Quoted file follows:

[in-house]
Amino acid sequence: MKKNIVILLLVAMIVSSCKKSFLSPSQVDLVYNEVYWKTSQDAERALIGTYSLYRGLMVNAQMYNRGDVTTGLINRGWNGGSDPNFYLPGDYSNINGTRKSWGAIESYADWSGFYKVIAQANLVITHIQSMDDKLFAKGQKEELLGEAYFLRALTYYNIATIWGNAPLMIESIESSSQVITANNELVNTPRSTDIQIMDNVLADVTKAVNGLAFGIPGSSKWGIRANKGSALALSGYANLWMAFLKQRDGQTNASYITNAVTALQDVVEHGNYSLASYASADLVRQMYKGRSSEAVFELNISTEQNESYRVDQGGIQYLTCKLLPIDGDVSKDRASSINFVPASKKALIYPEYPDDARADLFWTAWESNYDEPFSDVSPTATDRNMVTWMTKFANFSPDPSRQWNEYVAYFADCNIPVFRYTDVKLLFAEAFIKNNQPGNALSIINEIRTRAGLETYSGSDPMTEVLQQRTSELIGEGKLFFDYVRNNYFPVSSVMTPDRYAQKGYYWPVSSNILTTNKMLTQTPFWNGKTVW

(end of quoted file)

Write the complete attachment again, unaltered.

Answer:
[in-house]
Amino acid sequence: MKKNIVILLLVAMIVSSCKKSFLSPSQVDLVYNEVYWKTSQDAERALIGTYSLYRGLMVNAQMYNRGDVTTGLINRGWNGGSDPNFYLPGDYSNINGTRKSWGAIESYADWSGFYKVIAQANLVITHIQSMDDKLFAKGQKEELLGEAYFLRALTYYNIATIWGNAPLMIESIESSSQVITANNELVNTPRSTDIQIMDNVLADVTKAVNGLAFGIPGSSKWGIRANKGSALALSGYANLWMAFLKQRDGQTNASYITNAVTALQDVVEHGNYSLASYASADLVRQMYKGRSSEAVFELNISTEQNESYRVDQGGIQYLTCKLLPIDGDVSKDRASSINFVPASKKALIYPEYPDDARADLFWTAWESNYDEPFSDVSPTATDRNMVTWMTKFANFSPDPSRQWNEYVAYFADCNIPVFRYTDVKLLFAEAFIKNNQPGNALSIINEIRTRAGLETYSGSDPMTEVLQQRTSELIGEGKLFFDYVRNNYFPVSSVMTPDRYAQKGYYWPVSSNILTTNKMLTQTPFWNGKTVW